But the point at present is this: that the “dragon” introduced in chapter 12 is a symbolic representation of Satan, not a literal description, just as the whole narrative of chapters 12-13 is saturated in vivid imagery that consistently represent realities other than the images used to convey them. When we get to chapters 19-20 and witness the defeat of the “beast” and the binding of the “dragon”, therefore, we are warned not lapse back into a flat literalism by simply picturing Satan himself bound in chains and imprisoned for a thousand years. To imagine this, and to thereby speak (as both amills and premills are guilty of doing) of “the binding of Satan”, runs the risk of a gross confusion of categories. Satan is not bound in Revelation 20; the “dragon” which represents Satan is bound. And just as John interprets the image of a dragon for us in 20:2 (“who is the Devil and Satan”), so too he explains the image of the dragon’s imprisonment, spelling out its truth-value in 20:3 (“so that he should deceive the nations no more”).
And this is why I don’t see the strength of the premill argument against the standard amill interpretation of the “binding” of Revelation 20, because it wrongly presupposes itself by assuming a literal binding. My contention is that the “binding” etc are visionary images which speak, within the narrative world of Revelation, of the constraint of Satan's authority over the nations. And thus, whether we agree with it or not, the theological point of the standard amill reading should be fairly uncontroversial among the orthodox, for we all agree that through the resurrection Jesus was granted all authority in heaven and on the earth, and the great commission to take the gospel throughout the earth, to the “ethnos” of Revelation 20:3, was given on that basis. Prior to the Christ Event the gentile nations were all but completely lost in darkness, but now the light of the gospel of Christ has dawned, being taken by his followers from Jerusalem to every tribe, tongue, people, and nation.
Of course, to establish that the picture of the dragon’s binding is non-literal does not in turn prove any particular interpretation of that picture, whether amill, premill, or otherwise. But if we are to take the “binding” as a non-literal visionary representation, as I suggest, then the possibilities of what it may specifically correspond to in history open up considerably. It could still refer to Satan’s comprehensive defeat at the eschaton, as premills contend, or it could refer to the already-and-not-yet defeat of the cross and resurrection, as most amills contend; or, as I am personally inclined to think, it could refer more specifically to the removal of the deceiving power which Satan held over the nations in the first century through the religion of Rome, which is both a prevalent theme in Revelation and an especially pertinent issue to the church of Asia Minor.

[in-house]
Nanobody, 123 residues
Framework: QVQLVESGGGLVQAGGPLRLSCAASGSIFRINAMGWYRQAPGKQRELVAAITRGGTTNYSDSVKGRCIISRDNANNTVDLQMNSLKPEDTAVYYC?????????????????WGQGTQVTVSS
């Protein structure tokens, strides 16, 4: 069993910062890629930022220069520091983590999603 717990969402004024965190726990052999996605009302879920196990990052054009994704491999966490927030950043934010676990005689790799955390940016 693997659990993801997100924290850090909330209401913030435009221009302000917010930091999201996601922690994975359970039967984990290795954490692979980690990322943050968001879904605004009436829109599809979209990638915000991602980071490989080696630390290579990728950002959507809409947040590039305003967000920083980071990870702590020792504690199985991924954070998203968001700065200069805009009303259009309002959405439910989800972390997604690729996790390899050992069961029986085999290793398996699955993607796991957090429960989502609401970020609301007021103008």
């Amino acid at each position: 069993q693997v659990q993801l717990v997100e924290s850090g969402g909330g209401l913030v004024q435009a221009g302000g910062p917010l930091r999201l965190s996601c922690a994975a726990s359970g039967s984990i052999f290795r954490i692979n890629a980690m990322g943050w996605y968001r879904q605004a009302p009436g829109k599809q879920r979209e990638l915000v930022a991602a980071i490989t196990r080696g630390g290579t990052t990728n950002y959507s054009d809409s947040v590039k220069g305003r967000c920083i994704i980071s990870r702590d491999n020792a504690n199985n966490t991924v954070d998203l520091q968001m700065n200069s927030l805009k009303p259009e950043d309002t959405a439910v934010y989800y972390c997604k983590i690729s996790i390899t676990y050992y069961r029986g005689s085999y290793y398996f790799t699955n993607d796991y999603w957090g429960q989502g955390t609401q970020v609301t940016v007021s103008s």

The merit of each view depends mostly on the context in which the “binding” occurs, of course. But that’s exactly why the last option is most attractive to me, because Satan is pictured throughout Revelation as the primeval enemy (the “dragon”) which stands behind Rome (the “beast”), and his “binding” coincides with the judgment of the “beast” in 19:11-21. This reading also makes for a coherent interpretation of Satan’s release at the end of the millennium (which, incidentally, the standard amill reading fails to do): the point is that once again, just like in the first century, there will be a unified, worldwide, systemic intolerance to the gospel of the Messiah, as well a virulent attack against the covenant community that bears and proclaims his name.
Since any interpretation of the imagery depends on the surrounding context of John’s vision, however, it would take much more space to adequately establish the merit of any view, especially one so unpopular as my own. But the primary goal of this post is to establish the basic literary nature of the scene in Revelation 20:1-3, and my hope is to thereby shift the discussion away from the usual antithesis of “physical” chains vs. “spiritual” chains, because I think that this way of framing the discussion misses the point altogether. In reality there are no chains, just as there is no dragon. Rather, the image of the dragon’s imprisonment represents (in the sense appropriate to the apocalyptic genre) the removal of Satan’s power to hold the nations in darkness, just as the image of the “dragon” itself represents Satan. Once we establish that, we can then ask the question: which theological interpretation best fits the imagery?